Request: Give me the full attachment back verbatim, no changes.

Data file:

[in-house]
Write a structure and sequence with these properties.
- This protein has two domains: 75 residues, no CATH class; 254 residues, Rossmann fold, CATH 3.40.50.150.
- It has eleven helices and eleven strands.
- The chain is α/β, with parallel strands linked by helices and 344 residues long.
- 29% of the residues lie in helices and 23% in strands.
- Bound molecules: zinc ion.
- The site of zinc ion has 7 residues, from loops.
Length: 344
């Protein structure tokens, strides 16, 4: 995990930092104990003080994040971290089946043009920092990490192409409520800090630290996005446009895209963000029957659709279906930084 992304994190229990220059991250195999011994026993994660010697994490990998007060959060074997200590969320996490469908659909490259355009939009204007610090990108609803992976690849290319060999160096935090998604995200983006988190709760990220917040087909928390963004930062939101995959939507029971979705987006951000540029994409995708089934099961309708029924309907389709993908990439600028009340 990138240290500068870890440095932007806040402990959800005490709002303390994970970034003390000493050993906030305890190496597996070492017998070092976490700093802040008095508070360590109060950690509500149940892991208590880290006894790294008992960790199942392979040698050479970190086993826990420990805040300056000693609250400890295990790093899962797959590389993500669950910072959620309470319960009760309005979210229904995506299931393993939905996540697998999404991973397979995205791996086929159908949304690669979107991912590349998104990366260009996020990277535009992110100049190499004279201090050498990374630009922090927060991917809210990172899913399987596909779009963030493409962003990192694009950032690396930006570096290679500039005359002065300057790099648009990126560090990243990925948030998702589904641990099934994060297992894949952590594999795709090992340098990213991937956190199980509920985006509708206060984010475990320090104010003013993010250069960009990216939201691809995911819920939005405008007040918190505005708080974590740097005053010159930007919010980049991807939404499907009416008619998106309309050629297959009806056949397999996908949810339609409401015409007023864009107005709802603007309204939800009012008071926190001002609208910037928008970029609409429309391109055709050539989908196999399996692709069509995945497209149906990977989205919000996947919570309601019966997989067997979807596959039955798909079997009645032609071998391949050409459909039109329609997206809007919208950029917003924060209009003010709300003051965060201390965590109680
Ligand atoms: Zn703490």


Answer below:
[in-house]
Write a structure and sequence with these properties.
- This protein has two domains: 75 residues, no CATH class; 254 residues, Rossmann fold, CATH 3.40.50.150.
- It has eleven helices and eleven strands.
- The chain is α/β, with parallel strands linked by helices and 344 residues long.
- 29% of the residues lie in helices and 23% in strands.
- Bound molecules: zinc ion.
- The site of zinc ion has 7 residues, from loops.
Length: 344
């Protein structure tokens, strides 16, 4: 995990930092104990003080994040971290089946043009920092990490192409409520800090630290996005446009895209963000029957659709279906930084 992304994190229990220059991250195999011994026993994660010697994490990998007060959060074997200590969320996490469908659909490259355009939009204007610090990108609803992976690849290319060999160096935090998604995200983006988190709760990220917040087909928390963004930062939101995959939507029971979705987006951000540029994409995708089934099961309708029924309907389709993908990439600028009340 990138240290500068870890440095932007806040402990959800005490709002303390994970970034003390000493050993906030305890190496597996070492017998070092976490700093802040008095508070360590109060950690509500149940892991208590880290006894790294008992960790199942392979040698050479970190086993826990420990805040300056000693609250400890295990790093899962797959590389993500669950910072959620309470319960009760309005979210229904995506299931393993939905996540697998999404991973397979995205791996086929159908949304690669979107991912590349998104990366260009996020990277535009992110100049190499004279201090050498990374630009922090927060991917809210990172899913399987596909779009963030493409962003990192694009950032690396930006570096290679500039005359002065300057790099648009990126560090990243990925948030998702589904641990099934994060297992894949952590594999795709090992340098990213991937956190199980509920985006509708206060984010475990320090104010003013993010250069960009990216939201691809995911819920939005405008007040918190505005708080974590740097005053010159930007919010980049991807939404499907009416008619998106309309050629297959009806056949397999996908949810339609409401015409007023864009107005709802603007309204939800009012008071926190001002609208910037928008970029609409429309391109055709050539989908196999399996692709069509995945497209149906990977989205919000996947919570309601019966997989067997979807596959039955798909079997009645032609071998391949050409459909039109329609997206809007919208950029917003924060209009003010709300003051965060201390965590109680
Ligand atoms: Zn703490």